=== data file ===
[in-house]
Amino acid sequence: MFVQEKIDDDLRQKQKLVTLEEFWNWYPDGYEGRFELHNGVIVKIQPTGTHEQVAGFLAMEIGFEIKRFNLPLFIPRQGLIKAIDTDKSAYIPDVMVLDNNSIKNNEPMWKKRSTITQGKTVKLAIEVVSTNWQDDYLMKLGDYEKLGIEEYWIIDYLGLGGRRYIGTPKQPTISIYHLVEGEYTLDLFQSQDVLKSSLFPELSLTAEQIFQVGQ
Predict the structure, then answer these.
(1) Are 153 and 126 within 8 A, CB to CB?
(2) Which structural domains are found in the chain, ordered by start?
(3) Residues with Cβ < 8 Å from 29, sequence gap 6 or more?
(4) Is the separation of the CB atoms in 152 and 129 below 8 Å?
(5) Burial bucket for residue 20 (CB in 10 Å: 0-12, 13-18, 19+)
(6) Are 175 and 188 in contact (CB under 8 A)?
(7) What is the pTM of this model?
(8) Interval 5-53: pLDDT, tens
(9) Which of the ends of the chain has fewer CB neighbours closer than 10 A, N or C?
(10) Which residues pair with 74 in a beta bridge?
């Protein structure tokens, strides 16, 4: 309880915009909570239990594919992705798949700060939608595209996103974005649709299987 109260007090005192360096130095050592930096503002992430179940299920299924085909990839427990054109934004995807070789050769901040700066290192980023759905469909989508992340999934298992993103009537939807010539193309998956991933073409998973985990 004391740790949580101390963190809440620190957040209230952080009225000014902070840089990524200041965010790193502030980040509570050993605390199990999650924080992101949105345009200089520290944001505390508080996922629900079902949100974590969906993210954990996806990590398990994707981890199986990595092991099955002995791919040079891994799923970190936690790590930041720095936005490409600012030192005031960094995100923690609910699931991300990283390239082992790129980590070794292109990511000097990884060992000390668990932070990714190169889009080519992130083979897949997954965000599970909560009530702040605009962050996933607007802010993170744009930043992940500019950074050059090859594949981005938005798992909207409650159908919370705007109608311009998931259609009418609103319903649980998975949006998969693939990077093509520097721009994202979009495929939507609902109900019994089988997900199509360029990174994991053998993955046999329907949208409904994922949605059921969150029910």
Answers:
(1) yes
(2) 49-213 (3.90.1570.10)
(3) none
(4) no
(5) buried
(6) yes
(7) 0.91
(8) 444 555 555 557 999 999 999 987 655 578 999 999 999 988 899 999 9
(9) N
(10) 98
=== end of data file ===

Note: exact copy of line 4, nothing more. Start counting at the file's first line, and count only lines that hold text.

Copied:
(1) Are 153 and 126 within 8 A, CB to CB?